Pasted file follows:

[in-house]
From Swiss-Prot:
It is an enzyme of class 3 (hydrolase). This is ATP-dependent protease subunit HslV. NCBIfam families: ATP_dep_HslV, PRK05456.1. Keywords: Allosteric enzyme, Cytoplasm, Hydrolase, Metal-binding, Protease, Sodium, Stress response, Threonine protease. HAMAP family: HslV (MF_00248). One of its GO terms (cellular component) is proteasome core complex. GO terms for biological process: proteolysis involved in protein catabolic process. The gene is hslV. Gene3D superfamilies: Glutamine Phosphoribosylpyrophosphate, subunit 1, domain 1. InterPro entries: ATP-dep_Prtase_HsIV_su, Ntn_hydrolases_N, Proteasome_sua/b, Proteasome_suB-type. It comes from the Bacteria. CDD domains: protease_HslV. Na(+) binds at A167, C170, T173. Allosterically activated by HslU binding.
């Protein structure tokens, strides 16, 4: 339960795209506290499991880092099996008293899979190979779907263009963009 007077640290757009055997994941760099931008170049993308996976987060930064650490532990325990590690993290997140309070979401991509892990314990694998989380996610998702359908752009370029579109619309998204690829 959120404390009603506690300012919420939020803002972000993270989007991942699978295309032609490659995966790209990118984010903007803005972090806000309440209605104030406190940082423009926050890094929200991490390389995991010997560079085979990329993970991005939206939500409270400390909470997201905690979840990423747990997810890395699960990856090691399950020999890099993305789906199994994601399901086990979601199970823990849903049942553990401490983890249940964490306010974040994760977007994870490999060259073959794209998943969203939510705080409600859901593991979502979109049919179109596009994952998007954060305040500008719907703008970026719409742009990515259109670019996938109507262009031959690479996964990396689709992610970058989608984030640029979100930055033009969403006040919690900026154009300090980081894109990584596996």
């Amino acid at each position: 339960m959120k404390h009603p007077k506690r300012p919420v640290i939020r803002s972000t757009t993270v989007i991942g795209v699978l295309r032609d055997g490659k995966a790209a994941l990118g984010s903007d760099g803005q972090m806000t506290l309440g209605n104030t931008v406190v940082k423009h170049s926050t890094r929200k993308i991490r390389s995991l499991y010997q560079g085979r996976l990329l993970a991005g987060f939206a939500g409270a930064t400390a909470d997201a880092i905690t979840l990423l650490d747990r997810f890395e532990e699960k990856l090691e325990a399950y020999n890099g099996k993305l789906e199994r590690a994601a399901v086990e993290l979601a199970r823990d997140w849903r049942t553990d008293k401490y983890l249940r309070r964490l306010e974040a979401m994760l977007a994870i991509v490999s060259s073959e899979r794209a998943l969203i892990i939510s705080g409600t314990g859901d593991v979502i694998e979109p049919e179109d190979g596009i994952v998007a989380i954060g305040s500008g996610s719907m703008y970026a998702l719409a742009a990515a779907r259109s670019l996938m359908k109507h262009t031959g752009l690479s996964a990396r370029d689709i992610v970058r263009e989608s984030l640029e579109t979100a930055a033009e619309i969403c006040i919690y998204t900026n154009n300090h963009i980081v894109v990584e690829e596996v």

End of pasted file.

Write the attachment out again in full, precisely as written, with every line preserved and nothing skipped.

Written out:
[in-house]
From Swiss-Prot:
It is an enzyme of class 3 (hydrolase). This is ATP-dependent protease subunit HslV. NCBIfam families: ATP_dep_HslV, PRK05456.1. Keywords: Allosteric enzyme, Cytoplasm, Hydrolase, Metal-binding, Protease, Sodium, Stress response, Threonine protease. HAMAP family: HslV (MF_00248). One of its GO terms (cellular component) is proteasome core complex. GO terms for biological process: proteolysis involved in protein catabolic process. The gene is hslV. Gene3D superfamilies: Glutamine Phosphoribosylpyrophosphate, subunit 1, domain 1. InterPro entries: ATP-dep_Prtase_HsIV_su, Ntn_hydrolases_N, Proteasome_sua/b, Proteasome_suB-type. It comes from the Bacteria. CDD domains: protease_HslV. Na(+) binds at A167, C170, T173. Allosterically activated by HslU binding.
């Protein structure tokens, strides 16, 4: 339960795209506290499991880092099996008293899979190979779907263009963009 007077640290757009055997994941760099931008170049993308996976987060930064650490532990325990590690993290997140309070979401991509892990314990694998989380996610998702359908752009370029579109619309998204690829 959120404390009603506690300012919420939020803002972000993270989007991942699978295309032609490659995966790209990118984010903007803005972090806000309440209605104030406190940082423009926050890094929200991490390389995991010997560079085979990329993970991005939206939500409270400390909470997201905690979840990423747990997810890395699960990856090691399950020999890099993305789906199994994601399901086990979601199970823990849903049942553990401490983890249940964490306010974040994760977007994870490999060259073959794209998943969203939510705080409600859901593991979502979109049919179109596009994952998007954060305040500008719907703008970026719409742009990515259109670019996938109507262009031959690479996964990396689709992610970058989608984030640029979100930055033009969403006040919690900026154009300090980081894109990584596996």
């Amino acid at each position: 339960m959120k404390h009603p007077k506690r300012p919420v640290i939020r803002s972000t757009t993270v989007i991942g795209v699978l295309r032609d055997g490659k995966a790209a994941l990118g984010s903007d760099g803005q972090m806000t506290l309440g209605n104030t931008v406190v940082k423009h170049s926050t890094r929200k993308i991490r390389s995991l499991y010997q560079g085979r996976l990329l993970a991005g987060f939206a939500g409270a930064t400390a909470d997201a880092i905690t979840l990423l650490d747990r997810f890395e532990e699960k990856l090691e325990a399950y020999n890099g099996k993305l789906e199994r590690a994601a399901v086990e993290l979601a199970r823990d997140w849903r049942t553990d008293k401490y983890l249940r309070r964490l306010e974040a979401m994760l977007a994870i991509v490999s060259s073959e899979r794209a998943l969203i892990i939510s705080g409600t314990g859901d593991v979502i694998e979109p049919e179109d190979g596009i994952v998007a989380i954060g305040s500008g996610s719907m703008y970026a998702l719409a742009a990515a779907r259109s670019l996938m359908k109507h262009t031959g752009l690479s996964a990396r370029d689709i992610v970058r263009e989608s984030l640029e579109t979100a930055a033009e619309i969403c006040i919690y998204t900026n154009n300090h963009i980081v894109v990584e690829e596996v």